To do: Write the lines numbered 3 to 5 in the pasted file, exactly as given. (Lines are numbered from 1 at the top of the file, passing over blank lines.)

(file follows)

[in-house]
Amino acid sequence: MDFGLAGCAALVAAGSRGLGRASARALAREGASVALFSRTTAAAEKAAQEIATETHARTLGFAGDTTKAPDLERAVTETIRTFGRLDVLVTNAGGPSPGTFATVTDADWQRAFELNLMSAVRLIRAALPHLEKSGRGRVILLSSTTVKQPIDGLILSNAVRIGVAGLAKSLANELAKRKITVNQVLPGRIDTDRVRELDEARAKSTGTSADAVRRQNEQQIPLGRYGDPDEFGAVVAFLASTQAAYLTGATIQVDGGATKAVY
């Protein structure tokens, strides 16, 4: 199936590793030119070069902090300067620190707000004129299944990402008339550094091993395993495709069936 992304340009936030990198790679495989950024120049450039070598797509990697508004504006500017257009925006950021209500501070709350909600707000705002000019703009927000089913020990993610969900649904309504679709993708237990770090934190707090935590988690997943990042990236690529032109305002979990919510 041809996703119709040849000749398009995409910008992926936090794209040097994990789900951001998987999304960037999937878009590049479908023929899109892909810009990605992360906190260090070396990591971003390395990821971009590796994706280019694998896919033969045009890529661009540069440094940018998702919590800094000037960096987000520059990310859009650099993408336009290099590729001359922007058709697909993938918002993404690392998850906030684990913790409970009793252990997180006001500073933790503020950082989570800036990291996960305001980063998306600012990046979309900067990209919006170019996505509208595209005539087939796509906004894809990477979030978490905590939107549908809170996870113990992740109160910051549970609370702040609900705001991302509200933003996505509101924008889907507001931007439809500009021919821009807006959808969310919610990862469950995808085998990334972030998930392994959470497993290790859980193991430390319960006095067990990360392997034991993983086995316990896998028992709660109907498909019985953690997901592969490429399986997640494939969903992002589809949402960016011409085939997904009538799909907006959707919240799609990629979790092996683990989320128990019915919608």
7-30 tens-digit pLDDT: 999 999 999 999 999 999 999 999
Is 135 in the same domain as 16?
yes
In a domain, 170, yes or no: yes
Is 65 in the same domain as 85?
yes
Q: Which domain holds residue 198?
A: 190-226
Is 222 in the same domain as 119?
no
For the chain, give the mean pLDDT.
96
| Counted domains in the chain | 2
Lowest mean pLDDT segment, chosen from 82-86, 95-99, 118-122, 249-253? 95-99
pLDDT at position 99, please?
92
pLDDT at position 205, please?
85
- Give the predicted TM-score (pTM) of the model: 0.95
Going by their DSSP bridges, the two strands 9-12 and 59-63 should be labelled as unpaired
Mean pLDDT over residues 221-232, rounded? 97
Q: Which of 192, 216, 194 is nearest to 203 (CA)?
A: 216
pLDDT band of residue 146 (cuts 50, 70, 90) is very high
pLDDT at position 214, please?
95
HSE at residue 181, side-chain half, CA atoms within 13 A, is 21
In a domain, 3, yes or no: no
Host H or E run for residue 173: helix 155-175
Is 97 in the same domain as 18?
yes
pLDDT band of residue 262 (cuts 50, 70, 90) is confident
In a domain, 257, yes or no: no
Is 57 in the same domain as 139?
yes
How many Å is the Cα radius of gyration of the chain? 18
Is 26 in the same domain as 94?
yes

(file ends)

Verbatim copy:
């Protein structure tokens, strides 16, 4: 199936590793030119070069902090300067620190707000004129299944990402008339550094091993395993495709069936 992304340009936030990198790679495989950024120049450039070598797509990697508004504006500017257009925006950021209500501070709350909600707000705002000019703009927000089913020990993610969900649904309504679709993708237990770090934190707090935590988690997943990042990236690529032109305002979990919510 041809996703119709040849000749398009995409910008992926936090794209040097994990789900951001998987999304960037999937878009590049479908023929899109892909810009990605992360906190260090070396990591971003390395990821971009590796994706280019694998896919033969045009890529661009540069440094940018998702919590800094000037960096987000520059990310859009650099993408336009290099590729001359922007058709697909993938918002993404690392998850906030684990913790409970009793252990997180006001500073933790503020950082989570800036990291996960305001980063998306600012990046979309900067990209919006170019996505509208595209005539087939796509906004894809990477979030978490905590939107549908809170996870113990992740109160910051549970609370702040609900705001991302509200933003996505509101924008889907507001931007439809500009021919821009807006959808969310919610990862469950995808085998990334972030998930392994959470497993290790859980193991430390319960006095067990990360392997034991993983086995316990896998028992709660109907498909019985953690997901592969490429399986997640494939969903992002589809949402960016011409085939997904009538799909907006959707919240799609990629979790092996683990989320128990019915919608």
7-30 tens-digit pLDDT: 999 999 999 999 999 999 999 999
Is 135 in the same domain as 16?